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Protect your eyes when viewing the solar eclipse on April 8, 2024

Justin Bartel of the Science Museum of Virginia
Justin Bartel, Assistant Director of Education, Astronomy Programs at the Science Museum of Virginia explains more about viewing solar eclipses and how to keep your eyesight safe.

Now that winter is ending and the days are getting longer, you may be enjoying a little more time in the sun. In just a few weeks, across North America, many people will enjoy an amazing natural occurrence: a total solar eclipse on April 8.

A total solar eclipse happens when the moon passes between the Earth and the sun, completely blocking the sun’s rays. While this phenomenon isn’t rare — it happens every one or two years — it’s rare to be in a perfect position to see it. The “path of totality” is the region where the Moon will completely block the Sun in the sky.

In areas outside the path of totality, including Virginia, viewers will see a partial eclipse. At the peak of the eclipse in these areas, the moon will cover most of the sun, but not all of it. In Virginia, the moon will move across the sun at about 2 p.m. moving off it at around 4:30 p.m.

But be careful: Viewing an eclipse requires safety precautions. It’s important to be prepared, and especially important to make sure children are prepared — in Virginia, the eclipse will peak when many students are headed home from school. You can explore detailed timing for a specific location with this interactive eclipse map.

Justin Bartel, Assistant Director of Education, Astronomy Programs at the Science Museum of Virginia explains more about viewing solar eclipses and how to keep your eyesight safe.

Here are some safety tips to keep in mind:

  • Do NOT look at the Sun without proper eye protection. Even during a partial eclipse, the portion of the Sun’s surface that remains visible is bright enough that its intense light can cause permanent damage to the retina, even if you only look at it for a few seconds. Exposing your eyes to the Sun without proper eye protection can cause retinal burns.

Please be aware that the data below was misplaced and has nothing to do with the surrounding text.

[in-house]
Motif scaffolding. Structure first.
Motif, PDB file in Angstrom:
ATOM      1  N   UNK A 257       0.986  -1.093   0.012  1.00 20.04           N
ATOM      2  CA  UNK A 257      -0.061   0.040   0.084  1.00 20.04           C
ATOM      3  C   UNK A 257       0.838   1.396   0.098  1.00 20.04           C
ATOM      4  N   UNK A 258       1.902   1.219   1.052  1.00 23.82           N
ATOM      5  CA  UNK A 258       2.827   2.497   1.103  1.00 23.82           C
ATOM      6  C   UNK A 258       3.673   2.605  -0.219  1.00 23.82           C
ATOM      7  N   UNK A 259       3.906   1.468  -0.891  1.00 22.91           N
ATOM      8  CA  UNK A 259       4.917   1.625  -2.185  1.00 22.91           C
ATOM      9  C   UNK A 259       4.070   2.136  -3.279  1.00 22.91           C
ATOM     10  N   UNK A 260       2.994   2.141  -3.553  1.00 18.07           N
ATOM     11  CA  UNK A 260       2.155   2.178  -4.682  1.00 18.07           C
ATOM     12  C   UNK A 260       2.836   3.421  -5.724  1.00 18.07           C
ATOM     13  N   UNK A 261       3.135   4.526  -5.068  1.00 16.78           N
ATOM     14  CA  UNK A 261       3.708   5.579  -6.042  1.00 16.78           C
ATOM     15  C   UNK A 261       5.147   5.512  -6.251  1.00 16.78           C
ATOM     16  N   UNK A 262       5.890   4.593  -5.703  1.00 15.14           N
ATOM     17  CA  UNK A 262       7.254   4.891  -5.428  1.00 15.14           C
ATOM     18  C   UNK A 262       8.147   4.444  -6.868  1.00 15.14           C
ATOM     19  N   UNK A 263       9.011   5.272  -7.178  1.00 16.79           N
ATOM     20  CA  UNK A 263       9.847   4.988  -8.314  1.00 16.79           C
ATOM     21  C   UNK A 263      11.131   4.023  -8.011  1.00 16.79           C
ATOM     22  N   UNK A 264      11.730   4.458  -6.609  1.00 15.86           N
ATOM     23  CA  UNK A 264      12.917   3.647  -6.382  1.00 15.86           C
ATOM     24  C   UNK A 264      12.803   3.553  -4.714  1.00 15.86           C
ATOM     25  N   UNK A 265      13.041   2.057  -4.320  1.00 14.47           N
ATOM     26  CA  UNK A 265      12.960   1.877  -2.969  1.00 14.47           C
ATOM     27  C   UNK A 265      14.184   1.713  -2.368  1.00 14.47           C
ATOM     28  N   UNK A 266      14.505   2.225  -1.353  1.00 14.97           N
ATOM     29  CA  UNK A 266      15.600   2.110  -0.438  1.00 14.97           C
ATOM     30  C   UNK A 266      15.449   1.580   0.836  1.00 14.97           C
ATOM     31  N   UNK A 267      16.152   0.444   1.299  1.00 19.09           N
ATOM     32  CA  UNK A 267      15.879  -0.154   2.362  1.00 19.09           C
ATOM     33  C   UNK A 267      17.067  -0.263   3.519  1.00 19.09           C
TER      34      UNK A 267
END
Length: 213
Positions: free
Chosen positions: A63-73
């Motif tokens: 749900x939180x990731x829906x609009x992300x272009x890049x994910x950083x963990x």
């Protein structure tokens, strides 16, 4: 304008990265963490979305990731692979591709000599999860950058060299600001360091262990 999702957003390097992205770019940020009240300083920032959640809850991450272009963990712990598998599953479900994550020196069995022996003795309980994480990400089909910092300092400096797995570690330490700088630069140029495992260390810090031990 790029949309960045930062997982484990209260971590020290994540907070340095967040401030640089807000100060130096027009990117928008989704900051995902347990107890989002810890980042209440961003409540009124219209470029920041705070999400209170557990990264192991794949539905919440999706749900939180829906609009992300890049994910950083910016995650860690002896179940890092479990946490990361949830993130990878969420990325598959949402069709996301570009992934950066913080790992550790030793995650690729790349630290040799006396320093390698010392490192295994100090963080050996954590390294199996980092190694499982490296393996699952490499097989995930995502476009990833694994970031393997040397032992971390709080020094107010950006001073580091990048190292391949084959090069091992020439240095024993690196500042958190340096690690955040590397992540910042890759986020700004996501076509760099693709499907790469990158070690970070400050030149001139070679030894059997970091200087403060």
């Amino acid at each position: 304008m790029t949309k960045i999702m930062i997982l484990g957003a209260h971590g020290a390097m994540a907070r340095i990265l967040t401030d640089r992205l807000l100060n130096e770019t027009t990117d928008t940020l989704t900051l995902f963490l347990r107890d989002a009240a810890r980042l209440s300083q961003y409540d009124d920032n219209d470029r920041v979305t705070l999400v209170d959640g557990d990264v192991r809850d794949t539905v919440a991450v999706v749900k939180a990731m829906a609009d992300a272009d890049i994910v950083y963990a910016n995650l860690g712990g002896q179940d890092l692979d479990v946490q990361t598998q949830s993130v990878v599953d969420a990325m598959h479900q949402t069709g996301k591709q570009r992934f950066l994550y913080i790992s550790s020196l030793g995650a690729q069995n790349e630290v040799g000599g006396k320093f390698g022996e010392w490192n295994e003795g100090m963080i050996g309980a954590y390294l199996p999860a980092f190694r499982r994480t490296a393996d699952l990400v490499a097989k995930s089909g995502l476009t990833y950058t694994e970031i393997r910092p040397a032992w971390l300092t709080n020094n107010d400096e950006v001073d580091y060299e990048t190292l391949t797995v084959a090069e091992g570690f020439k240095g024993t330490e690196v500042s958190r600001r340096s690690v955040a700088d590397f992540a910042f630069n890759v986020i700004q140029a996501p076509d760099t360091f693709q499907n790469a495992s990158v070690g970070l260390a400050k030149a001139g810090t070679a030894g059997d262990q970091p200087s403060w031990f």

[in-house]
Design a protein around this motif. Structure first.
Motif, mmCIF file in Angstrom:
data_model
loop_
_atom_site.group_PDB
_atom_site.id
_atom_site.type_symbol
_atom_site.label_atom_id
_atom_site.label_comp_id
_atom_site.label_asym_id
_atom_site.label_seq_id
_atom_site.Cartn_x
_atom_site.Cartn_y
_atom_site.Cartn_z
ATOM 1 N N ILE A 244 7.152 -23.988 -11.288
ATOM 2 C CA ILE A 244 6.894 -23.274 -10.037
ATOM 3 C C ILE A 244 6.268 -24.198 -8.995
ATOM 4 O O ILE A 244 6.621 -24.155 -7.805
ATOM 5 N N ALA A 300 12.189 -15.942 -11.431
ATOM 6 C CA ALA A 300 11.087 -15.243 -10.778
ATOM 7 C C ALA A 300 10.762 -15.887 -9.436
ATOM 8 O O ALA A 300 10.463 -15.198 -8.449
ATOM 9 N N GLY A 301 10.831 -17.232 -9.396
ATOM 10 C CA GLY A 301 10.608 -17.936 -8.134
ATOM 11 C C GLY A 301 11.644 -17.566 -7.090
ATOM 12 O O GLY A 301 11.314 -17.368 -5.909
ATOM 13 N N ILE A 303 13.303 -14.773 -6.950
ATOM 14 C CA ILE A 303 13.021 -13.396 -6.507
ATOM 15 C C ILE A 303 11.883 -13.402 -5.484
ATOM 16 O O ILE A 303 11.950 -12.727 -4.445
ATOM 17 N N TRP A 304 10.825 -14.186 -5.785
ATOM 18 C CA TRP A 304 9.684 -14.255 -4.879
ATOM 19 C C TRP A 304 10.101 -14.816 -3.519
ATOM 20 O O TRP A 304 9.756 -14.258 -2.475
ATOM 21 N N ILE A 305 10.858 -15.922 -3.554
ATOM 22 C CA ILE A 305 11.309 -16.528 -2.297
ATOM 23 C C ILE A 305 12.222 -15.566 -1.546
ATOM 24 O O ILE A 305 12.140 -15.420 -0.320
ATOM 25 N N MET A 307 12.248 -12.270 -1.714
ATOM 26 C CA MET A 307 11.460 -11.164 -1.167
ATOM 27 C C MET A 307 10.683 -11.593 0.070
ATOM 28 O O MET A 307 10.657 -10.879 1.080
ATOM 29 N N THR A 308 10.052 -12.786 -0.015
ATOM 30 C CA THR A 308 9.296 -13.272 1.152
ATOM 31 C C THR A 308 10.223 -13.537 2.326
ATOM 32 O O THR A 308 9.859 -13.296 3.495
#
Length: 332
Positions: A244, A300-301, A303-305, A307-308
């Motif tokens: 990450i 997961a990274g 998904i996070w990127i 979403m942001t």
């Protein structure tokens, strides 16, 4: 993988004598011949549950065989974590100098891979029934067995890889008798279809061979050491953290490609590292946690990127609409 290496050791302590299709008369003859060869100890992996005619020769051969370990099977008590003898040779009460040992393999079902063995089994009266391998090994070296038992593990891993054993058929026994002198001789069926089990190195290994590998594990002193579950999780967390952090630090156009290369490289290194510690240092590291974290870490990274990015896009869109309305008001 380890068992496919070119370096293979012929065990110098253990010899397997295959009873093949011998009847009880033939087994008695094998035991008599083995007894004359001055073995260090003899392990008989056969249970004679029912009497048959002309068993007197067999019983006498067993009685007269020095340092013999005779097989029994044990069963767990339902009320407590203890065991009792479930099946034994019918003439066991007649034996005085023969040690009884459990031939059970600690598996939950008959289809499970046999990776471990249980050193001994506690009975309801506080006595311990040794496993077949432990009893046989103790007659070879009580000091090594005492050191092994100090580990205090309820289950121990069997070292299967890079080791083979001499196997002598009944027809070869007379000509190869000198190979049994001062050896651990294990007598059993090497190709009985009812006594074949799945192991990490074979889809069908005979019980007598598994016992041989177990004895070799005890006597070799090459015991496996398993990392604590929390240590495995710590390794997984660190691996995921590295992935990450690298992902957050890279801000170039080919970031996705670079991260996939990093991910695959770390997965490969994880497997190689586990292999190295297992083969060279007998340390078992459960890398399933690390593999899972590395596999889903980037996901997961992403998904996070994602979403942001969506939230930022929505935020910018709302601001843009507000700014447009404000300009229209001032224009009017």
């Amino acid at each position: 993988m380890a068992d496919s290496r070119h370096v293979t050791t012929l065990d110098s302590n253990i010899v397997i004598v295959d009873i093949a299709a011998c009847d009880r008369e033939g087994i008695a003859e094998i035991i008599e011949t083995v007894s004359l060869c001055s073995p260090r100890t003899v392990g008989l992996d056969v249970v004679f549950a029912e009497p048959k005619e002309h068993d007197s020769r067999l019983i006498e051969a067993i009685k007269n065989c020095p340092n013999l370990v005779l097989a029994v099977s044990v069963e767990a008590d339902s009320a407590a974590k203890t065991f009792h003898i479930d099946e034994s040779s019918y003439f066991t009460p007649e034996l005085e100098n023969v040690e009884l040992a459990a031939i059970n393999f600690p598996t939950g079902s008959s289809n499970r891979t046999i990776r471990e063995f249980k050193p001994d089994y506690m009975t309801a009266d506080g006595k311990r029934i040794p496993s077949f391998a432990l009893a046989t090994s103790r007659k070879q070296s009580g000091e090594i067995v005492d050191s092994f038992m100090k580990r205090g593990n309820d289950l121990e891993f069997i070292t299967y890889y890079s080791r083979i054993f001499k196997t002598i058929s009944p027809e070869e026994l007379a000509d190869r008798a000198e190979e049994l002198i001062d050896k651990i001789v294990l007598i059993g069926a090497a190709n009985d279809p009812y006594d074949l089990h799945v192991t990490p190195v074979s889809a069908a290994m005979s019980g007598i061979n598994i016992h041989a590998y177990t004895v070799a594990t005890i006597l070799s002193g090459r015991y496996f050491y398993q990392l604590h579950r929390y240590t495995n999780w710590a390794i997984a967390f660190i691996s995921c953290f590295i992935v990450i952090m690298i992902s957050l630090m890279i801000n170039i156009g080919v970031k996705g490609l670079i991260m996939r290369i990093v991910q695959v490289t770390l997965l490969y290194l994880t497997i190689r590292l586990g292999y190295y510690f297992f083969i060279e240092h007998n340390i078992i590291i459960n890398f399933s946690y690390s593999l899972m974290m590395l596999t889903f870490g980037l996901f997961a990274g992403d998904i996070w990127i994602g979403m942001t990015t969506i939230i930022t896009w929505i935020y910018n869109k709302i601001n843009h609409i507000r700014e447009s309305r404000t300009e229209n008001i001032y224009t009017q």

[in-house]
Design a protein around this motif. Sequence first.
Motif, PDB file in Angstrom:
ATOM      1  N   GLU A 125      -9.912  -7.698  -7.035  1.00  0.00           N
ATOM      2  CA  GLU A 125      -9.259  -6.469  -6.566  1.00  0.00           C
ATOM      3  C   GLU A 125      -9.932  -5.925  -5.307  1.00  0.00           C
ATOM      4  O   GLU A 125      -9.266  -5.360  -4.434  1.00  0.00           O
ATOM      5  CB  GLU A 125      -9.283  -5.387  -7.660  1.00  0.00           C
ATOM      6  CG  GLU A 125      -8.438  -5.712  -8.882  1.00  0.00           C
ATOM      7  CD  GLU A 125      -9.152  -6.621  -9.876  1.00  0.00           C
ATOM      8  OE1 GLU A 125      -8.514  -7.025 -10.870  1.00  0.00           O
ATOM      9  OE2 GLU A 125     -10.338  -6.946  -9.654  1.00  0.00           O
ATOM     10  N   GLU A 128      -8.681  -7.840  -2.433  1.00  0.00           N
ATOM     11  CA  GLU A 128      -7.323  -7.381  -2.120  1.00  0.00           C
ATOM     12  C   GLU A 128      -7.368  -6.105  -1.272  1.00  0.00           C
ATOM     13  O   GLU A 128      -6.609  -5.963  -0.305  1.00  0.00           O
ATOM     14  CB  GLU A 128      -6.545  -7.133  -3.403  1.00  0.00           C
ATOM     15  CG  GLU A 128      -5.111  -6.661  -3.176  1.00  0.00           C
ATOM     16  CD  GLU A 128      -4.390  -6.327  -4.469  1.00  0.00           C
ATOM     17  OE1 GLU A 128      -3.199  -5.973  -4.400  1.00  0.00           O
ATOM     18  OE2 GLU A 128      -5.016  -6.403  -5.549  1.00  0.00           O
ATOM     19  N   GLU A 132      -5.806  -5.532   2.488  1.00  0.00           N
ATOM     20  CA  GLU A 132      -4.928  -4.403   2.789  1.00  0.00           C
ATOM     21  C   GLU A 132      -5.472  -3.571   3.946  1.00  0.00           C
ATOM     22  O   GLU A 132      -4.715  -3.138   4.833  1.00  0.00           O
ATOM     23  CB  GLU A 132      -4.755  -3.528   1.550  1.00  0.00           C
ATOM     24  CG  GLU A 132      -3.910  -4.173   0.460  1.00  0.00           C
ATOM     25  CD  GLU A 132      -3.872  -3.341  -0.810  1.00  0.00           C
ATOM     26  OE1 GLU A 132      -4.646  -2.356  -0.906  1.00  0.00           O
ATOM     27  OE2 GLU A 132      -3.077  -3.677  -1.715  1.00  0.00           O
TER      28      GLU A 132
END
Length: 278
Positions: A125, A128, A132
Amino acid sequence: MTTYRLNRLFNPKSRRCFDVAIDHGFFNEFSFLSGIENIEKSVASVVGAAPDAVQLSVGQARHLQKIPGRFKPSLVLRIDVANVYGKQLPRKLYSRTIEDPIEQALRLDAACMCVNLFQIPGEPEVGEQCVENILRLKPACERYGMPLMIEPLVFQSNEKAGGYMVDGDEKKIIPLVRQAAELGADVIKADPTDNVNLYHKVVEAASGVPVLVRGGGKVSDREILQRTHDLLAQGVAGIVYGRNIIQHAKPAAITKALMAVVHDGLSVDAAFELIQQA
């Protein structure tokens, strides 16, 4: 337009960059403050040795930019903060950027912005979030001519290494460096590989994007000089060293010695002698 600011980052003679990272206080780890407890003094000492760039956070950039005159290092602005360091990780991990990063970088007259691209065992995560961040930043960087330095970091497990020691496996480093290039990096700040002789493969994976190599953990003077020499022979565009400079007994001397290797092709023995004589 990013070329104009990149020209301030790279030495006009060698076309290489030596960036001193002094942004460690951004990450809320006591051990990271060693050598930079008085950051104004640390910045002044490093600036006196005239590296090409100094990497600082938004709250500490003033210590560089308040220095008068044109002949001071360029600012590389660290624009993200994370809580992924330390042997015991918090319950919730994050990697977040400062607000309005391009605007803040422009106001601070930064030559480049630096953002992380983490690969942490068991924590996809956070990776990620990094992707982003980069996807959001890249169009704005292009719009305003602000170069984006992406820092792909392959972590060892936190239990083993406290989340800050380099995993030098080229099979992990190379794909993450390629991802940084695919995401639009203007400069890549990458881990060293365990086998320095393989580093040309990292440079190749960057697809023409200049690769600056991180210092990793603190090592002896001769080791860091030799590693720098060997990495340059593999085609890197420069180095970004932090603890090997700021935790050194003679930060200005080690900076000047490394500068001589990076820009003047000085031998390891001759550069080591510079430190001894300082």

• Everyday sunglasses are not enough; you’ll need something that meets the certified ISO 12312-2 international standard. NASA recommends choosing from this list of solar viewers and eclipse glasses compiled by the American Astronomical Society. They also provide some guidelines to make sure any glasses or viewers you already have will be sufficient. 
  • It’s also important to inspect the lenses on your eclipse glasses to make sure they aren’t scratched, torn or punctured, and that they are still firmly attached to the frame. To ensure your eclipse glasses are safe, test them around the house before using them to observe the sun. Try looking through them at a shaded lamp or similar light fixture. Certified eclipse glasses should block so much light that you won’t see anything. Try again looking at a bare lightbulb. You may see it faintly, but most of the light should be blocked out. If indoor lights look bright through your eclipse glasses, then they aren’t safe to use to observe the sun. 
  • If you want to use a camera, telescope, or other optical device to observe the eclipse, you'll need a solar filter designed to protect both you and your equipment. Like your eyes, the electronics in digital cameras can be damaged by exposure to direct sunlight. Because telescopes and camera lenses concentrate incoming light, the ability of unfiltered sunlight passing through them to do harm is amplified. If you don't have appropriate solar filters, don't worry—plenty of photographers will be using high-end equipment to take breathtaking photos of the event, so you can just enjoy the moment. 
  • If you don’t have something safe to shield your eyes from the sun, you can use an indirect viewing method that projects the sun’s image onto a surface that is safe for prolonged gazing. Making a box pinhole projector ahead of time is an easy, fun way to get kids excited about the event and make sure they experience it safely. The Science Museum of Virginia also has a PDF with simple directions to make your own solar eclipse viewer. 
  • For other ideas, this video explains additional ways to safely view the eclipse and why they work.  

It will be another 20 years before a total solar eclipse is visible from the United States again (and that path of totality won’t be anywhere near Virginia). So be ready for this one: know how to see it safely, find a comfy spot outside, and cross your fingers for cloudless skies!